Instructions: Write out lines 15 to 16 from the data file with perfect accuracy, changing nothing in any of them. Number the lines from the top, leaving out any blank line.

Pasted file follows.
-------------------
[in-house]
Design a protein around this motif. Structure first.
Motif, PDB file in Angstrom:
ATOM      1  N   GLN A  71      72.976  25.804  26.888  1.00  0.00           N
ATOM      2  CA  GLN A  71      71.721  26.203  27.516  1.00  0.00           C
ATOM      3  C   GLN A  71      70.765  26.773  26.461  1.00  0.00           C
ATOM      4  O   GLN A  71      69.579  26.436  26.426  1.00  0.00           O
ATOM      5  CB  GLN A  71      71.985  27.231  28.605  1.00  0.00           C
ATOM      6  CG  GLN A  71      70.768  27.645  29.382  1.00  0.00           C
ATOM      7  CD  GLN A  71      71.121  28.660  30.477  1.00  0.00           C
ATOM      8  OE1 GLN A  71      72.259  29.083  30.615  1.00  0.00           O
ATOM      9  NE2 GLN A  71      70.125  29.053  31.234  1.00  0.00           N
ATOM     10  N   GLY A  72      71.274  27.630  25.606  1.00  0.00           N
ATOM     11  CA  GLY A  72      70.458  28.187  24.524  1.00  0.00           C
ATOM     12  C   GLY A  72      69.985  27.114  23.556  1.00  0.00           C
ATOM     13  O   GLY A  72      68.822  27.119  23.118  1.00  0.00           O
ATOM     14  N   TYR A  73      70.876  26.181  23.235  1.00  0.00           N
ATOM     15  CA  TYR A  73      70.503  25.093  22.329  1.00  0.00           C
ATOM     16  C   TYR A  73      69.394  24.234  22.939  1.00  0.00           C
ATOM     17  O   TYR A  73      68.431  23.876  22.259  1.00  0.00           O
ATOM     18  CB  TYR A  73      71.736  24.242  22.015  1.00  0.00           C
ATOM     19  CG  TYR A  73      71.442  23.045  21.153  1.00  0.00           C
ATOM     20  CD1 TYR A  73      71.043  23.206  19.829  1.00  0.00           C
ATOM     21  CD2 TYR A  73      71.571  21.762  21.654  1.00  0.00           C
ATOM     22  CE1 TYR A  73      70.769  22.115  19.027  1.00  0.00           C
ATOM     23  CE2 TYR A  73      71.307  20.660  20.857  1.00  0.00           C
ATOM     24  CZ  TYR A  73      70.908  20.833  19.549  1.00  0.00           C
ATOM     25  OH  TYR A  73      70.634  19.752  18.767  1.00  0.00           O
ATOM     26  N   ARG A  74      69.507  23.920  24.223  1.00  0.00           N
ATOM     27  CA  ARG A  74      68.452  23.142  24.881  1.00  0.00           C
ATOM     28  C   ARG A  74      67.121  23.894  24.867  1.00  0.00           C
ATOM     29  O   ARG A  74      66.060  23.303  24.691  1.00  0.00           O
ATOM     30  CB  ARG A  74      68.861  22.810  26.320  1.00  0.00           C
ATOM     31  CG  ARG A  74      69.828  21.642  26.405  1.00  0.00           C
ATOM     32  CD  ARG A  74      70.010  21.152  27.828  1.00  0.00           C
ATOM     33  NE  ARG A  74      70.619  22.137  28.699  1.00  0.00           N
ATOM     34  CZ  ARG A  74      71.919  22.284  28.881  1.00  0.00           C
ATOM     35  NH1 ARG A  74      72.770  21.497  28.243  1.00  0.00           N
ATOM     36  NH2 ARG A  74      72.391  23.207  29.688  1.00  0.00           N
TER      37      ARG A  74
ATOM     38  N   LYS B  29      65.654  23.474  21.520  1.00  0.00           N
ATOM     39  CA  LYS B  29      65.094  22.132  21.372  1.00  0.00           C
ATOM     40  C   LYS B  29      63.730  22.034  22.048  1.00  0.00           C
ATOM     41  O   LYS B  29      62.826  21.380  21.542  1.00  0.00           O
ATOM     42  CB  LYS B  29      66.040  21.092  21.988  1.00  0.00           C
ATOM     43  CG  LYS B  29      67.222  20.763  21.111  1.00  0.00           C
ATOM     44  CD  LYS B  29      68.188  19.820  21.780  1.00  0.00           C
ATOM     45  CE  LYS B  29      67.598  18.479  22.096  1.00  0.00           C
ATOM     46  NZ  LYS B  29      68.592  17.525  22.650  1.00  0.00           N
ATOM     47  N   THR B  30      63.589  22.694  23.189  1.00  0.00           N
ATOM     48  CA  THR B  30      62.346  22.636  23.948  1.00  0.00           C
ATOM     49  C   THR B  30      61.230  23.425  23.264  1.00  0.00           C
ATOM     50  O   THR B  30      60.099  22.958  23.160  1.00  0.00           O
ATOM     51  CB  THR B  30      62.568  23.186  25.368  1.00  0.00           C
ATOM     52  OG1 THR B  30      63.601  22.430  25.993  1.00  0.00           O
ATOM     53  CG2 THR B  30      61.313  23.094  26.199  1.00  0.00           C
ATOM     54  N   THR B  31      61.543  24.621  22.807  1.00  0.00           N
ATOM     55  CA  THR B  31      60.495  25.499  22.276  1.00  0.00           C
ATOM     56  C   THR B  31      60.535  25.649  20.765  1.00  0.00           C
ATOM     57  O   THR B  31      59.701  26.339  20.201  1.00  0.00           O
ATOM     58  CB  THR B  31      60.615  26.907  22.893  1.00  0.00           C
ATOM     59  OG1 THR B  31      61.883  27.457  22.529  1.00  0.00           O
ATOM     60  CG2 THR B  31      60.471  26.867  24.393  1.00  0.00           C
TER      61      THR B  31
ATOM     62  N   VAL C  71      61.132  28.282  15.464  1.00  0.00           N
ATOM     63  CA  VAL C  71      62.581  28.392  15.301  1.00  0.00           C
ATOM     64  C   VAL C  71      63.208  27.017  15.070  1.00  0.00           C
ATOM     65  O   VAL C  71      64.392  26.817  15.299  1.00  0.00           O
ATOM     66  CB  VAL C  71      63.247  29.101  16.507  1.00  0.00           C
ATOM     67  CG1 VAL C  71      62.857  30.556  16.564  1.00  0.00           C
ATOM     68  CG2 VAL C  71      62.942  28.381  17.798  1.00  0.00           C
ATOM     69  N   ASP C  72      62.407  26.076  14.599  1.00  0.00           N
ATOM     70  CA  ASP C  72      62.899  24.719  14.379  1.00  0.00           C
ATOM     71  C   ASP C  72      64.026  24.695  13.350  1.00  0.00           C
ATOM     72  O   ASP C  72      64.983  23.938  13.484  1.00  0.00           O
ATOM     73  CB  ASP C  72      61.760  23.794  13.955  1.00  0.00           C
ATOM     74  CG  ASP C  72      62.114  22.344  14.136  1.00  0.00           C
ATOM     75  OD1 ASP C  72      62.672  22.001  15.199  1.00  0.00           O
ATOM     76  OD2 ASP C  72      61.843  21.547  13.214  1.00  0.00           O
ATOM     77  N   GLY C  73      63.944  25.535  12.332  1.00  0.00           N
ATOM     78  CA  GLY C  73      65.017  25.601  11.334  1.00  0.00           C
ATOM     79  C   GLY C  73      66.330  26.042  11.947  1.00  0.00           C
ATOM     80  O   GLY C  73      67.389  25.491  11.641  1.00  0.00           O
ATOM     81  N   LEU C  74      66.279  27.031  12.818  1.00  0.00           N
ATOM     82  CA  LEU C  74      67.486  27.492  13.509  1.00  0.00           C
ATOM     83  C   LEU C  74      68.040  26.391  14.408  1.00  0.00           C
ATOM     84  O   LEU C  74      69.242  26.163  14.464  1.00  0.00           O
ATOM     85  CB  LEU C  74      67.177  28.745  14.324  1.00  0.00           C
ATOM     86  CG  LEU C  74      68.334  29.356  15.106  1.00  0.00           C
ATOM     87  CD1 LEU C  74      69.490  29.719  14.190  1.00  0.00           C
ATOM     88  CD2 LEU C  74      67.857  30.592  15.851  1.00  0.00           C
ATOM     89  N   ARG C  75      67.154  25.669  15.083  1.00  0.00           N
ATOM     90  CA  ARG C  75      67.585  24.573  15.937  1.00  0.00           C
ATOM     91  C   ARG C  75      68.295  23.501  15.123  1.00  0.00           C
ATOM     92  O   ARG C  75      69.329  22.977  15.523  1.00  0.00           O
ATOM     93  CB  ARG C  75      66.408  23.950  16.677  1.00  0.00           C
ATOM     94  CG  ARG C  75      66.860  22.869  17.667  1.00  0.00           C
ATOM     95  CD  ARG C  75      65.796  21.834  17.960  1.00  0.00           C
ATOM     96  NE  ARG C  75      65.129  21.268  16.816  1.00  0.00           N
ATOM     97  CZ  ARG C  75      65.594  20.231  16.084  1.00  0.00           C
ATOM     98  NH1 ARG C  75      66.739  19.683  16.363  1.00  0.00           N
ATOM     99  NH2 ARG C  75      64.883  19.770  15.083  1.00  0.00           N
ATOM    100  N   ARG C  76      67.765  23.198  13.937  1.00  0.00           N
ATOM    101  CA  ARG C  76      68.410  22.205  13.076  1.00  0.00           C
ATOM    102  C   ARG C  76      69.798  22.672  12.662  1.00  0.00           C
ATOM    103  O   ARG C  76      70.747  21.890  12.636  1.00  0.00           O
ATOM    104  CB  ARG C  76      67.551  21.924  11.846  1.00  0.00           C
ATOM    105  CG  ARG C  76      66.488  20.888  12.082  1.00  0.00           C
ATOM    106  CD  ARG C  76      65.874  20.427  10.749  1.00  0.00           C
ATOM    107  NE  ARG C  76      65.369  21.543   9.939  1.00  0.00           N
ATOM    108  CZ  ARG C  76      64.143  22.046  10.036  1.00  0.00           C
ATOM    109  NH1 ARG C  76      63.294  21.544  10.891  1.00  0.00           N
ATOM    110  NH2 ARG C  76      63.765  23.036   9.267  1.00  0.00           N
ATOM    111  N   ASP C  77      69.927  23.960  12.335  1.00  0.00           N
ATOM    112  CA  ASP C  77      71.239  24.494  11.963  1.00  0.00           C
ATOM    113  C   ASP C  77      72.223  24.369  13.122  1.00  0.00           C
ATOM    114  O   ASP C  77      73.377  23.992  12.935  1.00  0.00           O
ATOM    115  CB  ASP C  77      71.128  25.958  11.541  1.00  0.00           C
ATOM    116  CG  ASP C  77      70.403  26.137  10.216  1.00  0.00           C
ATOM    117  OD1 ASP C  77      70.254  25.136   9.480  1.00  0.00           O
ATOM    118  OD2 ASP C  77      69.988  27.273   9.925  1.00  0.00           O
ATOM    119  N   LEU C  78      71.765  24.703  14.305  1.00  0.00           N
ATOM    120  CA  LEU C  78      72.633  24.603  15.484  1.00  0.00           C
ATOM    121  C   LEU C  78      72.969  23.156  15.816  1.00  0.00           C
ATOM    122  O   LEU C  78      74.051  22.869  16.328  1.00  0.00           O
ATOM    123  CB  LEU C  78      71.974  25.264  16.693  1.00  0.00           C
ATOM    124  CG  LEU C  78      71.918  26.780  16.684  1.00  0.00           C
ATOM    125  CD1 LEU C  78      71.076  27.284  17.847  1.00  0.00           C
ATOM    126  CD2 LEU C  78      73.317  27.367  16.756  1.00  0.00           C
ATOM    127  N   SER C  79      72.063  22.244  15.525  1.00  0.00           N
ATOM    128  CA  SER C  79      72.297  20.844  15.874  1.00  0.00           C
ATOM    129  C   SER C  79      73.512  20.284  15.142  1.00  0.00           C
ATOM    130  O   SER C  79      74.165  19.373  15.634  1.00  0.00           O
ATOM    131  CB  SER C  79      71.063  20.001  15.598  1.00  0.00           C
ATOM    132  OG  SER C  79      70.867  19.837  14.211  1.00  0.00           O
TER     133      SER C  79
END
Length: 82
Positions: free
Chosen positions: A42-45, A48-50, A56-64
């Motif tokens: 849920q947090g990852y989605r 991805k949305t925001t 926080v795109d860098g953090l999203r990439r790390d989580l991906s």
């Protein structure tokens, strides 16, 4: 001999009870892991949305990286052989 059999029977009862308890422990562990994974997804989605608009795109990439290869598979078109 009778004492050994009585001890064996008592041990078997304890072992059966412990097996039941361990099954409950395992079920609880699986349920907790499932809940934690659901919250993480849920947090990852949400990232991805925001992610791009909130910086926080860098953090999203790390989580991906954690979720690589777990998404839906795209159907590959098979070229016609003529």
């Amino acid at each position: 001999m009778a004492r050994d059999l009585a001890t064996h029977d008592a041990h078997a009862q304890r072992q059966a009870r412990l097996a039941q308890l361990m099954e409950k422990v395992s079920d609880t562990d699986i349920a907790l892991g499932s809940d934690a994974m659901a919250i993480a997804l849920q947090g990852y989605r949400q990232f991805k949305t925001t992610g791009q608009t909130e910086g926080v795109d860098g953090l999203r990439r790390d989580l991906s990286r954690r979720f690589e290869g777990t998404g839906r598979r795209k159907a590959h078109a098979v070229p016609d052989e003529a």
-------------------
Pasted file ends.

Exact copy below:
ATOM     12  C   GLY A  72      69.985  27.114  23.556  1.00  0.00           C
ATOM     13  O   GLY A  72      68.822  27.119  23.118  1.00  0.00           O